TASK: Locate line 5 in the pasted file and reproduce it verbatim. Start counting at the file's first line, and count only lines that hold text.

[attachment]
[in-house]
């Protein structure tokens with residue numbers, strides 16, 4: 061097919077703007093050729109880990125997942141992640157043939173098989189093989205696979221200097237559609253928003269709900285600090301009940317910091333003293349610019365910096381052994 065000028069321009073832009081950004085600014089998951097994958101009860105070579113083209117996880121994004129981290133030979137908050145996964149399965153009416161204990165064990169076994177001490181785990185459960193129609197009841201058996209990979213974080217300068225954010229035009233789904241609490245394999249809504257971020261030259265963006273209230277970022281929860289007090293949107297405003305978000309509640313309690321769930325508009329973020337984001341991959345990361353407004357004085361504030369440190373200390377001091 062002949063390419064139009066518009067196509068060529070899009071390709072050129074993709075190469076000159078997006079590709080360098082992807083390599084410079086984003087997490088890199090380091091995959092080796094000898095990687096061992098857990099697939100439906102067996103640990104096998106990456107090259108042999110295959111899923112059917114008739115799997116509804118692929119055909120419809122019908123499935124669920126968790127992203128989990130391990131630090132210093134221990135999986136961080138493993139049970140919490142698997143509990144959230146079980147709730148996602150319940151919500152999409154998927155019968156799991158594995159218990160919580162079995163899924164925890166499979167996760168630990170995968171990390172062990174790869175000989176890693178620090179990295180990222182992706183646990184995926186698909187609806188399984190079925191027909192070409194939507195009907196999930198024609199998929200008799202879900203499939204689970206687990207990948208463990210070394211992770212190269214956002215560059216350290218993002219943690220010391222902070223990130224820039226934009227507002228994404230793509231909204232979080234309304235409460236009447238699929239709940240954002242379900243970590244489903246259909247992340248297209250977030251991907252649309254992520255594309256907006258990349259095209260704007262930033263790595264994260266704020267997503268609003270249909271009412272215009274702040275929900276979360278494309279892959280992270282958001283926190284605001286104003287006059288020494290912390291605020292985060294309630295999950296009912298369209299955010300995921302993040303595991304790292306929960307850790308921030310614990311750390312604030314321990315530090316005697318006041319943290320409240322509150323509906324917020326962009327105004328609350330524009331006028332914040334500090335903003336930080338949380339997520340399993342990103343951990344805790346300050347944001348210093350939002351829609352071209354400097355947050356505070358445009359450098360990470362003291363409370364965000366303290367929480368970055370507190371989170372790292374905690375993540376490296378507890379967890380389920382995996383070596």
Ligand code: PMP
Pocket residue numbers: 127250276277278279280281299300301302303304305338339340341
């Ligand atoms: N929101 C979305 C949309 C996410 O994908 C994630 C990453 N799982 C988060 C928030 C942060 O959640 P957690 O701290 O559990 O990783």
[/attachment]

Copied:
């Ligand atoms: N929101 C979305 C949309 C996410 O994908 C994630 C990453 N799982 C988060 C928030 C942060 O959640 P957690 O701290 O559990 O990783």